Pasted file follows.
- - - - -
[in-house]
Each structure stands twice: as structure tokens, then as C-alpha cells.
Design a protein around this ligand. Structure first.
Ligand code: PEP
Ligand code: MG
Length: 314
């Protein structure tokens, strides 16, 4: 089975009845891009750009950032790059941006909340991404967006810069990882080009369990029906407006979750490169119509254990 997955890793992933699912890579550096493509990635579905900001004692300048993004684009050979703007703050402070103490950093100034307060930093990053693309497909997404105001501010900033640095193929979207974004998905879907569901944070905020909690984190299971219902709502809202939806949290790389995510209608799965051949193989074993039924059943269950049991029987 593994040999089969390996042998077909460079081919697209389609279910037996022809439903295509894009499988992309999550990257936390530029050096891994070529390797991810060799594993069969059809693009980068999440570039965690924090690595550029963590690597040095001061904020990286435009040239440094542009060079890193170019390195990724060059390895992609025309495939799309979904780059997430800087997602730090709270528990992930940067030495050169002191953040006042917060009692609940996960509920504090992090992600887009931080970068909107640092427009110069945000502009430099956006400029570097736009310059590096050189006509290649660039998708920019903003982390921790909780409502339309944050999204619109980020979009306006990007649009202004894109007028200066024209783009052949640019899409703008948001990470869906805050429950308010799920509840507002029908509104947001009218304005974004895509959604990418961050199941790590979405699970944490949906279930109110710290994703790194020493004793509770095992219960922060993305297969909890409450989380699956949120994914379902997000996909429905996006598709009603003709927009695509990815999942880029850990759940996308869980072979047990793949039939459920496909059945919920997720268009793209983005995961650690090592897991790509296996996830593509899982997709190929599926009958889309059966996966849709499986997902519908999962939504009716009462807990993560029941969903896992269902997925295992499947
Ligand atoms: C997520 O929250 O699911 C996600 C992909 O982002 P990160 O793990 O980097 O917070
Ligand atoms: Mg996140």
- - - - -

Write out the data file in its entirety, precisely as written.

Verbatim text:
[in-house]
Each structure stands twice: as structure tokens, then as C-alpha cells.
Design a protein around this ligand. Structure first.
Ligand code: PEP
Ligand code: MG
Length: 314
């Protein structure tokens, strides 16, 4: 089975009845891009750009950032790059941006909340991404967006810069990882080009369990029906407006979750490169119509254990 997955890793992933699912890579550096493509990635579905900001004692300048993004684009050979703007703050402070103490950093100034307060930093990053693309497909997404105001501010900033640095193929979207974004998905879907569901944070905020909690984190299971219902709502809202939806949290790389995510209608799965051949193989074993039924059943269950049991029987 593994040999089969390996042998077909460079081919697209389609279910037996022809439903295509894009499988992309999550990257936390530029050096891994070529390797991810060799594993069969059809693009980068999440570039965690924090690595550029963590690597040095001061904020990286435009040239440094542009060079890193170019390195990724060059390895992609025309495939799309979904780059997430800087997602730090709270528990992930940067030495050169002191953040006042917060009692609940996960509920504090992090992600887009931080970068909107640092427009110069945000502009430099956006400029570097736009310059590096050189006509290649660039998708920019903003982390921790909780409502339309944050999204619109980020979009306006990007649009202004894109007028200066024209783009052949640019899409703008948001990470869906805050429950308010799920509840507002029908509104947001009218304005974004895509959604990418961050199941790590979405699970944490949906279930109110710290994703790194020493004793509770095992219960922060993305297969909890409450989380699956949120994914379902997000996909429905996006598709009603003709927009695509990815999942880029850990759940996308869980072979047990793949039939459920496909059945919920997720268009793209983005995961650690090592897991790509296996996830593509899982997709190929599926009958889309059966996966849709499986997902519908999962939504009716009462807990993560029941969903896992269902997925295992499947
Ligand atoms: C997520 O929250 O699911 C996600 C992909 O982002 P990160 O793990 O980097 O917070
Ligand atoms: Mg996140």